The Marines of Montford Point by Melton A. Mclaurin
America's First Black Marines

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Synopsis

With an executive order from President Franklin Roosevelt in 1941, the United States Marine Corps--the last all-white branch of the U.S. military--was forced to begin recruiting and enlisting African Americans. The first black recruits received basic training at the segregated Camp Montford Point, adjacent to Camp Lejeune, near Jacksonville, North Carolina. Between 1942 and 1949 (when the base was closed as a result of President Truman's 1948 order fully desegregating all military forces) more than 20,000 men trained at Montford Point, most of them going on to serve in the Pacific Theatre in World War II as members of support units. This book, in conjunction with the documentary film of the same name, tells the story of these Marines for the first time.

Drawing from interviews with 60 veterans, The Marines of Montford Point relates the experiences of these pioneers in their own words. From their stories, we learn about their reasons for enlisting; their arrival at Montford Point and the training they received there; their lives in a segregated military and in the Jim Crow South; their experiences of combat and service in World War II, Korea, and Vietnam; and their legacy. The Marines speak with flashes of anger and humor, sometimes with sorrow, sometimes with great wisdom, and always with a pride fostered by incredible accomplishment in the face of adversity. This book serves to recognize and to honor the men who desegregated the Marine Corps and loyally served their country in three major wars.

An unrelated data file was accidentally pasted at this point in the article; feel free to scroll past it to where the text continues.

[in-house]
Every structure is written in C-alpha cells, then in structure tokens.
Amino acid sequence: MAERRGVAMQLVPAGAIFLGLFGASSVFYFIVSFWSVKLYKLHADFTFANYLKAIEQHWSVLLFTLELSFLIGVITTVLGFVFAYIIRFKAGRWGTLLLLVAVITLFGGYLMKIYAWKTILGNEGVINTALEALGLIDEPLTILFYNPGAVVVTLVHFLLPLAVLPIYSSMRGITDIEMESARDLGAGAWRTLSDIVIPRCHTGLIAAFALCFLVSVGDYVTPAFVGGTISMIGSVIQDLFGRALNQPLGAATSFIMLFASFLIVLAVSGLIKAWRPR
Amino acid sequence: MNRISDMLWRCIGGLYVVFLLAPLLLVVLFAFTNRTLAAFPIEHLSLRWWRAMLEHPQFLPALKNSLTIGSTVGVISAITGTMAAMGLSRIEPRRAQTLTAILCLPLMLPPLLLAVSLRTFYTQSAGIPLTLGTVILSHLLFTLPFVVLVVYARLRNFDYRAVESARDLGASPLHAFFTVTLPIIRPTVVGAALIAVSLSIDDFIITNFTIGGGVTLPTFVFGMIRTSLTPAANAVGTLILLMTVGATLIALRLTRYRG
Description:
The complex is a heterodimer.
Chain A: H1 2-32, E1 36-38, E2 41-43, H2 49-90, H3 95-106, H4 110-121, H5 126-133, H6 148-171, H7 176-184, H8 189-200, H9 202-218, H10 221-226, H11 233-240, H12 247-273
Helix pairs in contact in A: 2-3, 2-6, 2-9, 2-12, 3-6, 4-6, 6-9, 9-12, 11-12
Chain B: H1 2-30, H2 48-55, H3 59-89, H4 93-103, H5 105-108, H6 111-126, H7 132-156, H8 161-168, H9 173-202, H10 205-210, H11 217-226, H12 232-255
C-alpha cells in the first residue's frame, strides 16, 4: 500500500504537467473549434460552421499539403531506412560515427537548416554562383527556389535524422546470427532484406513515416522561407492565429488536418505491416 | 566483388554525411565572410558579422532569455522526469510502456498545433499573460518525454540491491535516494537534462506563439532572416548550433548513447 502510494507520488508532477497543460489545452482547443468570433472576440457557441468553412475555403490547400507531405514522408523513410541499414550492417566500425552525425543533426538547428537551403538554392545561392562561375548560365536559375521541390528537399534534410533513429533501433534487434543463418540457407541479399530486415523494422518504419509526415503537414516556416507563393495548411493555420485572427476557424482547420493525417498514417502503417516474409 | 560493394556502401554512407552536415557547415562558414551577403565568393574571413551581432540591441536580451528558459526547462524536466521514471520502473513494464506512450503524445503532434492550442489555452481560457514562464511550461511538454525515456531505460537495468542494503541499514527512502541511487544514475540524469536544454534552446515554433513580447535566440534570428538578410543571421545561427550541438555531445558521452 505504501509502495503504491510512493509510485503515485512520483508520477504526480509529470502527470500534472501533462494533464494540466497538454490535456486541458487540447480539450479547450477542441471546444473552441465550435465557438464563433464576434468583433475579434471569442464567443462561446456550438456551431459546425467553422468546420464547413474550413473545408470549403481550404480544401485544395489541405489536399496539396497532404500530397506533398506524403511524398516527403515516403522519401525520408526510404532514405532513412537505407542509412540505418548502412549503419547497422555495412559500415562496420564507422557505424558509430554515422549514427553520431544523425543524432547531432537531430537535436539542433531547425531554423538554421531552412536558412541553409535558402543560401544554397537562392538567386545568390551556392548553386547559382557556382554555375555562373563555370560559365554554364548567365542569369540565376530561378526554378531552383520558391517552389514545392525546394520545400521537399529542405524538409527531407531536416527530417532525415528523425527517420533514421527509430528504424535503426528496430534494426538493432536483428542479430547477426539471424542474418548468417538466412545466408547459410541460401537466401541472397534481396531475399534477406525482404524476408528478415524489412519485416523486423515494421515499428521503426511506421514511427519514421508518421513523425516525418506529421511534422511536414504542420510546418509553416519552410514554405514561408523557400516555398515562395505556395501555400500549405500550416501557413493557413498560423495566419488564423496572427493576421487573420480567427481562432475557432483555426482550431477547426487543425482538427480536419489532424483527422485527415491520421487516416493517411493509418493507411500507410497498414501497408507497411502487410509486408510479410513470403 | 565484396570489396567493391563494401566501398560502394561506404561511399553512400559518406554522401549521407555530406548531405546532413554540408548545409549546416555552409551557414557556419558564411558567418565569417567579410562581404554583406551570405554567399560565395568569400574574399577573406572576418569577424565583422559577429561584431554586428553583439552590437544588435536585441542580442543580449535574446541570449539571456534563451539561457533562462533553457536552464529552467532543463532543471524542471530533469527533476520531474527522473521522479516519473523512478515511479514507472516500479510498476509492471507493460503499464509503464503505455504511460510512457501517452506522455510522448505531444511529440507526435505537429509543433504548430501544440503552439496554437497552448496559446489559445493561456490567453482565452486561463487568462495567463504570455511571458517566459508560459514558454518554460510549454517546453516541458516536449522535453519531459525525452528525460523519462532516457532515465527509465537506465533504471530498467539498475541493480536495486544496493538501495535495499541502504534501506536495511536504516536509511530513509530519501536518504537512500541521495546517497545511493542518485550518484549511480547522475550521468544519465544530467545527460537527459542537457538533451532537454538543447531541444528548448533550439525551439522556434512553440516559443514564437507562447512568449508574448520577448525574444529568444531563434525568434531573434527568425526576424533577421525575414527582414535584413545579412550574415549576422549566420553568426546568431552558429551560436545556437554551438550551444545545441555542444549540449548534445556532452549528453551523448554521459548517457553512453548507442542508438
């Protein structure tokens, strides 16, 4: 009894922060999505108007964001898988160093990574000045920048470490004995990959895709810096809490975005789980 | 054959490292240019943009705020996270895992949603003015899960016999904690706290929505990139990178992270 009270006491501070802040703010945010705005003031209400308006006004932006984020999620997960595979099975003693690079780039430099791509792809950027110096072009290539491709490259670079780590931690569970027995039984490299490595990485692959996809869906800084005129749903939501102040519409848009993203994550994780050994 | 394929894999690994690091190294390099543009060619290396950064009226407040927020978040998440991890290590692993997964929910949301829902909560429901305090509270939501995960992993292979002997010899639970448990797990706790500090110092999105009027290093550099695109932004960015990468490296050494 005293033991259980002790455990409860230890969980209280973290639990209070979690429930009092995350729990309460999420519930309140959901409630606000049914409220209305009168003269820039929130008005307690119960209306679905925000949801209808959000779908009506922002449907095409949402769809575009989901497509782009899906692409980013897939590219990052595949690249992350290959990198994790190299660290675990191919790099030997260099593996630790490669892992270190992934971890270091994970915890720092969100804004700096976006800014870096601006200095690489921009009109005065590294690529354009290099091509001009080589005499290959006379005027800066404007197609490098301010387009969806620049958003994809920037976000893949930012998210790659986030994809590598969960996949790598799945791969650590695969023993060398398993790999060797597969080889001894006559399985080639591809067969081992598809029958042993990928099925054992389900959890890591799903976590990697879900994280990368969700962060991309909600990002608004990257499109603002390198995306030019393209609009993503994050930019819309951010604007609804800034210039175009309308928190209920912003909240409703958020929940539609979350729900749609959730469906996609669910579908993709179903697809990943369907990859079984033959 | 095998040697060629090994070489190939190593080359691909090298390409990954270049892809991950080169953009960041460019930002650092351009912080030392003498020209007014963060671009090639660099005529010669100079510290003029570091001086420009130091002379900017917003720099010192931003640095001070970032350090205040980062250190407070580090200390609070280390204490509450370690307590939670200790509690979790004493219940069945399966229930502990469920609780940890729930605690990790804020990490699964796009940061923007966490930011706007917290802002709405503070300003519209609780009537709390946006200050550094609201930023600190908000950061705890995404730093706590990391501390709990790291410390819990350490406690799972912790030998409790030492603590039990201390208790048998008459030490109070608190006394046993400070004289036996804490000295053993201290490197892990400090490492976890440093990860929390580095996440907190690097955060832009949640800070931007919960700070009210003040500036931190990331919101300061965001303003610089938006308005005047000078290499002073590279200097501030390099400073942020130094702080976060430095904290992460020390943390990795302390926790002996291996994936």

<!--copy for pb reprint:<BR>With an executive order from President Franklin Roosevelt in 1941, the United States Marine Corps--the last all-white branch of the U.S. military--was forced to begin recruiting and enlisting African Americans. The first black recruits received basic training at the segregated Camp Montford Point, adjacent to Camp Lejeune, near Jacksonville, North Carolina. <BR>This book, in conjunction with the documentary film of the same name, tells the story of these pioneering African American Marines. Drawing from interviews with 60 veterans, Melton McLaurin relates in the Marines' own words their reasons for enlisting; their arrival at Montford Point and the training they received there; their lives in a segregated military and in the Jim Crow South; their experiences of combat and service in World War II, Korea, and Vietnam; and their legacy. This book serves to recognize and to honor the men who desegregated the Marine Corps and loyally served their country in three major wars.<BR>-->
 

About Melton A. Mclaurin

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Melton A. McLaurin is professor emeritus of history at the UMelton A. McLaurin is professor emeritus of history at the University of North Carolina at Wilmington. He is author of eniversity of North Carolina at Wilmington. He is author of eight books, including the award-winning"Separate Pasts: Growight books, including the award-winning"Separate Pasts: Growing Up White in the Segregated South". ing Up White in the Segregated South".
 
Published February 26, 2007 by The University of North Carolina Press. 216 pages
Genres: History, Political & Social Sciences, War, Travel. Non-fiction

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